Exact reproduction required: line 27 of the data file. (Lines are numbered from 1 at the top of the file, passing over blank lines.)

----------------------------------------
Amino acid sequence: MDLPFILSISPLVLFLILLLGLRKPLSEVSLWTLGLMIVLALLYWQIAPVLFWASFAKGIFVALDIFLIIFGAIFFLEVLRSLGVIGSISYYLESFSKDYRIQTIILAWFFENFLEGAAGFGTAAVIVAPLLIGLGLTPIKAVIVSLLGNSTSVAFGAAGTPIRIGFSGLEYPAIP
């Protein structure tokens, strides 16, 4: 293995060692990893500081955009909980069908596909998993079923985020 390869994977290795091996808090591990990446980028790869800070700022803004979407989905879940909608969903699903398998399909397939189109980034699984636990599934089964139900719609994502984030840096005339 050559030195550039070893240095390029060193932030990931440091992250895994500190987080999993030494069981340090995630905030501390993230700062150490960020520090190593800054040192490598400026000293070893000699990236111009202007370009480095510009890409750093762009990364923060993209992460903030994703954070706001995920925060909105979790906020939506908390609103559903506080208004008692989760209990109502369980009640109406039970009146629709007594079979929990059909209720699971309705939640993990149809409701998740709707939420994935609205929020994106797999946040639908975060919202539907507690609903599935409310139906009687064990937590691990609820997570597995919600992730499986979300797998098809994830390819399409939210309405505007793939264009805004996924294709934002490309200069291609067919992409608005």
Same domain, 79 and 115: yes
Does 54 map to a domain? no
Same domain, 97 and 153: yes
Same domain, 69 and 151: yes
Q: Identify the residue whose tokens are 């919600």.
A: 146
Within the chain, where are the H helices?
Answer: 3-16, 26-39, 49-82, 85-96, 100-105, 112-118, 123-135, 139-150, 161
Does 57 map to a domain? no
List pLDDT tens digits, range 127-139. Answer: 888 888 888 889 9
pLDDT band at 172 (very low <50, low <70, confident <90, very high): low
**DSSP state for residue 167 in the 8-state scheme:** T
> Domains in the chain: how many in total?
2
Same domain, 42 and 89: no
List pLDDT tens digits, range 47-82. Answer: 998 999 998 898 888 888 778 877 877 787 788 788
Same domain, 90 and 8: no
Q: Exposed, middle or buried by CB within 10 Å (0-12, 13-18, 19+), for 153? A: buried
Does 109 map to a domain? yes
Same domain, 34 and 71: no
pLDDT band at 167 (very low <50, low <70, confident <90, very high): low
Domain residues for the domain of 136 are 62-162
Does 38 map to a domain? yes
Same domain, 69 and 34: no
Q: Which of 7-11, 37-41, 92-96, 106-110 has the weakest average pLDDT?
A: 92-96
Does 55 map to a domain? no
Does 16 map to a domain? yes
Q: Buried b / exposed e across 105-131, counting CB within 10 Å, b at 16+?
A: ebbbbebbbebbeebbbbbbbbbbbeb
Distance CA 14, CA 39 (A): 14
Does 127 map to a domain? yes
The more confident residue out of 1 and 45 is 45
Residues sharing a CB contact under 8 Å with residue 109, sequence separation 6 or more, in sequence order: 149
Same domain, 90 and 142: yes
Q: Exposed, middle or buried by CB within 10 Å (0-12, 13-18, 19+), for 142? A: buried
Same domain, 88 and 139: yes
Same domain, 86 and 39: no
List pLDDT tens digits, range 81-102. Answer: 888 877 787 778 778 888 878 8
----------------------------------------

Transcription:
Q: Which of 7-11, 37-41, 92-96, 106-110 has the weakest average pLDDT?